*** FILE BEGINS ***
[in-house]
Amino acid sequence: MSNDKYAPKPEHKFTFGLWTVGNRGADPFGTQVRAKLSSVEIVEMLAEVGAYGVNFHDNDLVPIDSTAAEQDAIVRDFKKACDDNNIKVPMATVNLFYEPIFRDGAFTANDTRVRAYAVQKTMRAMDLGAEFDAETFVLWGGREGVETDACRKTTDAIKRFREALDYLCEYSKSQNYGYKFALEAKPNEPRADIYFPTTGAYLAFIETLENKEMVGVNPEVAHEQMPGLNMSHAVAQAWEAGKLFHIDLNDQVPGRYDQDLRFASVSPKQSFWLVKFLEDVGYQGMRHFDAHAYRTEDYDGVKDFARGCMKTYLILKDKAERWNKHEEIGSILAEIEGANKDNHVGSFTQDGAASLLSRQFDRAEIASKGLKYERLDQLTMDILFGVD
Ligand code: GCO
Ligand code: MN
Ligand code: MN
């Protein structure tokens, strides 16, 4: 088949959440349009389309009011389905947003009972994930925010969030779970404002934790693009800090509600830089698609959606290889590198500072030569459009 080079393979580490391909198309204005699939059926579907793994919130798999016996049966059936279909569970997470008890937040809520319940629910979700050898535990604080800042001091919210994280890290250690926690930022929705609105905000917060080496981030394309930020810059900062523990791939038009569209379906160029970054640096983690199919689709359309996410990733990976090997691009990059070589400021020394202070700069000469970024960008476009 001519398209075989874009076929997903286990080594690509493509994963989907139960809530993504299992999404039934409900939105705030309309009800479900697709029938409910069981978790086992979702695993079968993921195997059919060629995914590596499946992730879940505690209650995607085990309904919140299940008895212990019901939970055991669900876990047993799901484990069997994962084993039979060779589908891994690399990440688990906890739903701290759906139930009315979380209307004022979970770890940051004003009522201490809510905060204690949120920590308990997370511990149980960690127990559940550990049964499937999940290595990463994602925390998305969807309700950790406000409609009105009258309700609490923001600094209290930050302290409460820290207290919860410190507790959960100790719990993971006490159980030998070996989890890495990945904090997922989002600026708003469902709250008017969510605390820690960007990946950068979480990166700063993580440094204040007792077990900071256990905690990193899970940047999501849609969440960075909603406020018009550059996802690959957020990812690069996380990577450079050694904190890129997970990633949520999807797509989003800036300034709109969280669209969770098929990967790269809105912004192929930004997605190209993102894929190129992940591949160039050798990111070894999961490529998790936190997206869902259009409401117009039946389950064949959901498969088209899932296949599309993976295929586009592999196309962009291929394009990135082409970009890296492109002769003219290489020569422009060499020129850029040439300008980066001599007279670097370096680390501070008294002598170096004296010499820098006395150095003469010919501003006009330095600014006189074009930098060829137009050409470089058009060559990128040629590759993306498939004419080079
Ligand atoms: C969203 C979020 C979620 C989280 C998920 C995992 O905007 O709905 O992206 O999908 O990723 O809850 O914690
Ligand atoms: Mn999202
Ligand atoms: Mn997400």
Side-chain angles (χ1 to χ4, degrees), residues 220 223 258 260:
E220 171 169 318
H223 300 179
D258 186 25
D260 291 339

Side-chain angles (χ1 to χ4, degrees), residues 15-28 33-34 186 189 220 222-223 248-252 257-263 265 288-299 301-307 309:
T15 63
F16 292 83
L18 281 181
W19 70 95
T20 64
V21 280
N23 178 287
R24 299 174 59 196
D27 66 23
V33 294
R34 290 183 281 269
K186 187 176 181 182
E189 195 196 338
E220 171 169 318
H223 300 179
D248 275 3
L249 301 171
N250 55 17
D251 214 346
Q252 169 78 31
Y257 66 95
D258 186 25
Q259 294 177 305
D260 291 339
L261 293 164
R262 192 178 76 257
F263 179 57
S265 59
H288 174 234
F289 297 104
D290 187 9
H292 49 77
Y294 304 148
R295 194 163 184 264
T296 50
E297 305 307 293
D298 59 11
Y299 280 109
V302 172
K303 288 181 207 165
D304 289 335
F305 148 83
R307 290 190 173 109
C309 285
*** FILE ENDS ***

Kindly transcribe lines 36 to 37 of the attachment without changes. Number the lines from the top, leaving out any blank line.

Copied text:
Y257 66 95
D258 186 25